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Overdraft protection: when it hurts, when it helps

By Priscilla McEver

Now that you've graduated from school, you may find yourself acquiring not only a diploma, but also heaps of debt and a whole new set of responsibilities. Credit card payments, car insurance, utility bills and maybe even student loans that were once covered by your parents are now resting squarely on your shoulders. You have a lot of choices to make and perhaps not a lot of money to make them hastily.

So, if you've decided to use a debit card to track most of your spending, you know there is nothing more infuriating than getting hit with an overdraft fee. And now you may be asking yourself, "Should I sign up for overdraft protection?"

Why overdraft protection?

Here's help to decide if enrolling in overdraft protection is right for you. Overdraft protection may be a good option for you if:

  • You have a lot of traffic in your account. If multiple checks or several automatic payments go through your account each month, overdraft protection can provide you with an extra layer of safety to ensure that everything clears your account. Now that you're on your own or starting over, you may notice that everything seems to be due all at once: high-interest credit card debt, compounded by your student loan payments, utilities, cell phone bill, and rent payments. If you're feeling unsure about making withdrawals from your account because of payments waiting to clear, protection may be right for you.
  • You want to avoid embarrassment when your card is rejected. If the embarrassment of having your card rejected at a restaurant or retail store gives you such intense anxiety that you would avoid it all costs, overdraft protection can be your best friend. It may not be the most rational of deal-breakers, but if, for example, you're entertaining potential job connections and networking during the week at social functions, having your card rejected when you go to pay for the bill is the last thing you want.

When to say "No"

If you find that these scenarios don't apply to you may not need overdraft protection. Think about declining overdraft protection if:

  • You don't make a lot of purchases with the account and do not utilize recurring payments. One of your accounts may be for emergencies only, or perhaps you do not face the same financial responsibilities as most investors and taxpayers, even after graduation or beginning a new financial chapter in your life. Signing up for protection might be unnecessary in this case, and the high overdraft fees that banks typically charge could actually do more harm than good for your finances.
  • You track your purchases and keep tabs on your account balance frequently. If you check your bank account daily and remember when your automatic withdrawals occur week-to-week or month-to-month, you've likely got your finances under tight control, and overdraft protection may do little to help you. Alternatively, if you're starting fresh in the personal finance world and have decided to use only cash for all transactions, you will know exactly how much of your funds you are leaving at one time. In this case, overdraft protection may be an additional hassle to your already-minimalist lifestyle.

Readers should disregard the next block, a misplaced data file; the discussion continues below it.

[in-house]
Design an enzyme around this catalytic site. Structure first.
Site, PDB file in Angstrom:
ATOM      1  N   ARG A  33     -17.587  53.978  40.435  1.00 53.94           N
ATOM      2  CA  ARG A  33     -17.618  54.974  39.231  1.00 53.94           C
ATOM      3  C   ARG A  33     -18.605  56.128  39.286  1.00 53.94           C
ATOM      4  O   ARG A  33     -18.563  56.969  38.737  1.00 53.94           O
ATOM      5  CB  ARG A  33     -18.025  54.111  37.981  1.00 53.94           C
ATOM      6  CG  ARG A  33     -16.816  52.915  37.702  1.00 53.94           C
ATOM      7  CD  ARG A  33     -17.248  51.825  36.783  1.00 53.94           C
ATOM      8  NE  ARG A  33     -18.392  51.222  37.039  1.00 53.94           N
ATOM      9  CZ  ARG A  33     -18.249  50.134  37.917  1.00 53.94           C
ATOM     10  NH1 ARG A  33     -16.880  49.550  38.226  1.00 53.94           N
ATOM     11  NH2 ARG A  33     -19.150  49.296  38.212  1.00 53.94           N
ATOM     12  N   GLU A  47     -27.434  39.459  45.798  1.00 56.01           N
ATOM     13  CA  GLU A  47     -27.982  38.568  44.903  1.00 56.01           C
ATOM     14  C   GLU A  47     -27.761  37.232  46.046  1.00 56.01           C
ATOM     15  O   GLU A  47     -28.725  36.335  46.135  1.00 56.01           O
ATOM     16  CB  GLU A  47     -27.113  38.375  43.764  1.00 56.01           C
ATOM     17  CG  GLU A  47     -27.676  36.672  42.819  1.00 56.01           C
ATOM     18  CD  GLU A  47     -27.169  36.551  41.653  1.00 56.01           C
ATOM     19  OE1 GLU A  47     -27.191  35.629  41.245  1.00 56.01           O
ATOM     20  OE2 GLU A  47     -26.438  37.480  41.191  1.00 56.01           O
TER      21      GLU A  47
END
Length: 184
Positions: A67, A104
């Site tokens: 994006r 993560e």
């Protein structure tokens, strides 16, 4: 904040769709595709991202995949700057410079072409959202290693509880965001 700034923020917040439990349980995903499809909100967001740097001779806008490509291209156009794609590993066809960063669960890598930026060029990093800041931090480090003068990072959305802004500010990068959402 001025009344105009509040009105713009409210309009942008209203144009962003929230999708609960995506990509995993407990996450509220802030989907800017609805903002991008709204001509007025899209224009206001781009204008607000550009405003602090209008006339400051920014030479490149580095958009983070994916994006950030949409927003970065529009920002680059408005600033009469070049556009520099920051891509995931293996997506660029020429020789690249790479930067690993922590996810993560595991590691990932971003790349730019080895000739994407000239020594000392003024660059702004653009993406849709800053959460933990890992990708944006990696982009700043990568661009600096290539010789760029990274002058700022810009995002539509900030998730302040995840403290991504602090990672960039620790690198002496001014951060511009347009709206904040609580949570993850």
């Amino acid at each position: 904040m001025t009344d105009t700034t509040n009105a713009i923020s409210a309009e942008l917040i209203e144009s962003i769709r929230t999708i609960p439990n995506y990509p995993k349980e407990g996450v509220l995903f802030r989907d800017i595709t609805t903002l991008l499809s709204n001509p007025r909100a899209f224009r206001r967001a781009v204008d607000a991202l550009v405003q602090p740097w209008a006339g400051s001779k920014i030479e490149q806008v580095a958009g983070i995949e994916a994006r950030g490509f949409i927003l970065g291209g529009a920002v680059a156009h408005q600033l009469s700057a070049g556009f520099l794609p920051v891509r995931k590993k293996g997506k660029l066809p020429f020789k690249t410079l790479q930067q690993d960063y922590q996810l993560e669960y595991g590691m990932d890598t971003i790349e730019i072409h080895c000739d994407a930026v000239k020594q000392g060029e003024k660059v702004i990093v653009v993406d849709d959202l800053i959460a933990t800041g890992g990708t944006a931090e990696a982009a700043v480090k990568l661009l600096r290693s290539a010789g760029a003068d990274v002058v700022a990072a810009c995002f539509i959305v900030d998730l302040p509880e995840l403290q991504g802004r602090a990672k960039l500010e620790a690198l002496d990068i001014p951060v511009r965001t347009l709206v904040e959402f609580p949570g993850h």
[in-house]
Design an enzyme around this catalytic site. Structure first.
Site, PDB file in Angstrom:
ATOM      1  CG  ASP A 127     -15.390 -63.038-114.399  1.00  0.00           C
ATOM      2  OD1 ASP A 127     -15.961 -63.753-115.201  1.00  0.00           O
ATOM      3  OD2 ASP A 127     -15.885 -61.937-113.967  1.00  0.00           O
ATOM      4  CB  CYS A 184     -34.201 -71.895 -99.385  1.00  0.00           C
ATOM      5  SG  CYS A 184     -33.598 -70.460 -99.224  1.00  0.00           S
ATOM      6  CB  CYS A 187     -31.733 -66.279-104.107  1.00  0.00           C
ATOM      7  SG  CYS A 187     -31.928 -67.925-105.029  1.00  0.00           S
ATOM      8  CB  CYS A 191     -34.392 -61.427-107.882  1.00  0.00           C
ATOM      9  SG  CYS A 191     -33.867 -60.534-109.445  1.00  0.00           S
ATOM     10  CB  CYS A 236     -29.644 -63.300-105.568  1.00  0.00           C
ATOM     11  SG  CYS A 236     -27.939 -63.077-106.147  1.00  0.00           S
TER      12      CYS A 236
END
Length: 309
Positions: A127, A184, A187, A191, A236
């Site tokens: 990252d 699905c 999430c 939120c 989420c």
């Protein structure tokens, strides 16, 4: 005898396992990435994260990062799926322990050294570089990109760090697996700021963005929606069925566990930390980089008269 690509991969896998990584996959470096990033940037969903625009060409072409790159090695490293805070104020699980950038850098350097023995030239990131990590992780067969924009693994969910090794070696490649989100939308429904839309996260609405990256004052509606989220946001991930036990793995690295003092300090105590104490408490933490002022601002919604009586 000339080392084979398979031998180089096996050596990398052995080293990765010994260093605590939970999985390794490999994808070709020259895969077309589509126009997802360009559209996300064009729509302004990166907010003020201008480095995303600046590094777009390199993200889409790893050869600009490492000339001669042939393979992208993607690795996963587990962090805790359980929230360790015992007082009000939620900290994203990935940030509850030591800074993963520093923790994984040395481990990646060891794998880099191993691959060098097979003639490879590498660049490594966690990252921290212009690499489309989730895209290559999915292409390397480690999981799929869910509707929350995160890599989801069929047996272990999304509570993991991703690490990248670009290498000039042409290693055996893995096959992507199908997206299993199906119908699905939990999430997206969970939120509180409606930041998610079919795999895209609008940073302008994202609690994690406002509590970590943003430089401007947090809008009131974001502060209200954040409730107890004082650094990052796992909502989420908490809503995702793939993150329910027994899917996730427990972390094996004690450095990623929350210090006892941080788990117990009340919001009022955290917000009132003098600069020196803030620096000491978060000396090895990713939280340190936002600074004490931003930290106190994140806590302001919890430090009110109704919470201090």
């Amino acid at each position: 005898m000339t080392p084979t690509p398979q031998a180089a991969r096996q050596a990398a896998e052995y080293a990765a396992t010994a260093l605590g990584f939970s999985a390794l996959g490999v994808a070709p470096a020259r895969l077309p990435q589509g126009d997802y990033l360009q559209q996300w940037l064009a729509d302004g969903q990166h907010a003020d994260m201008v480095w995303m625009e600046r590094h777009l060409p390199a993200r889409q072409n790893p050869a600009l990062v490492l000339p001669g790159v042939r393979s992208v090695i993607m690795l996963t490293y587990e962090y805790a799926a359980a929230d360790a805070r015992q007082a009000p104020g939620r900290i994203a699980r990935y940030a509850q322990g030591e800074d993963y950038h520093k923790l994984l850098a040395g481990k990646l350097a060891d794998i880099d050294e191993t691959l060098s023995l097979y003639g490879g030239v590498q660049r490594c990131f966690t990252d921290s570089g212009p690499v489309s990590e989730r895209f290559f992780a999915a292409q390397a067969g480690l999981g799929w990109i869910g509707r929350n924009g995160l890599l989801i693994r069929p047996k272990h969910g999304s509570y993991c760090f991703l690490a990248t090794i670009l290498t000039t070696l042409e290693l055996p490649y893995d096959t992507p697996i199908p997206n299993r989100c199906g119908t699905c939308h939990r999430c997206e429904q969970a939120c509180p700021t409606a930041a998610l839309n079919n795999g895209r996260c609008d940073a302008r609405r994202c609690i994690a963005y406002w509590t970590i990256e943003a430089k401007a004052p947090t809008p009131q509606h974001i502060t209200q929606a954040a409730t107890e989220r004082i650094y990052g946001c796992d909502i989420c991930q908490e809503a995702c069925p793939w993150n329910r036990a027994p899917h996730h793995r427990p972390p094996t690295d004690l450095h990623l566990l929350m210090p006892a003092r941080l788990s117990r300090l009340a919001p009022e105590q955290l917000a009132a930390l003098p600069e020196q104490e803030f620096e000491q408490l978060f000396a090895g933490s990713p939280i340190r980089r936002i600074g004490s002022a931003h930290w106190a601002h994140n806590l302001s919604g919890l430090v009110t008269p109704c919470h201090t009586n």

Remember that overdraft protection is not a permanent fix--it's a temporary pass. If you find that you're making several overdrafts per month, there's probably a more serious and fundamental problem with your budgeting skills. In this predicament, think about giving your money management system a makeover with the help of a financially-savvy friend or financial professional.

Keep in mind that each overdraft protection program is different. You will likely have the option to link your checking account to your savings account, and some institutions may give you additional options such as linking to a credit card or home equity line of credit, so consider your options carefully.

Mistakes happen. After graduation you could be between jobs or freelancing to make ends meet. Sometimes a withdrawal may come too early or you're faced with a sudden emergency, inadvertently slamming your account with fees. Consider what kind of overdraft protection your bank or credit union offers and weigh your financial options. Does the enrollment outweigh the potentially heavy fees?

Priscilla McEver is a freelance proofreader and blogger. She is based in Brooklyn, N.Y.

Disclaimer: Discover is a paid advertiser of this site.
Reasonable efforts are made to maintain accurate information. See the Discover online credit card application for full terms and conditions on offers and rewards.

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1 Response to “Overdraft protection: when it hurts, when it helps” 

  1. Else Aparicio says:

    Why our side is not equally motivated to save the Union from FOX News voters will always baffle me. Stopping 53% of state legislatures falling into Republican hands and therby giving them power to redraw districts is sufficient motivation to vote, in my point of view.

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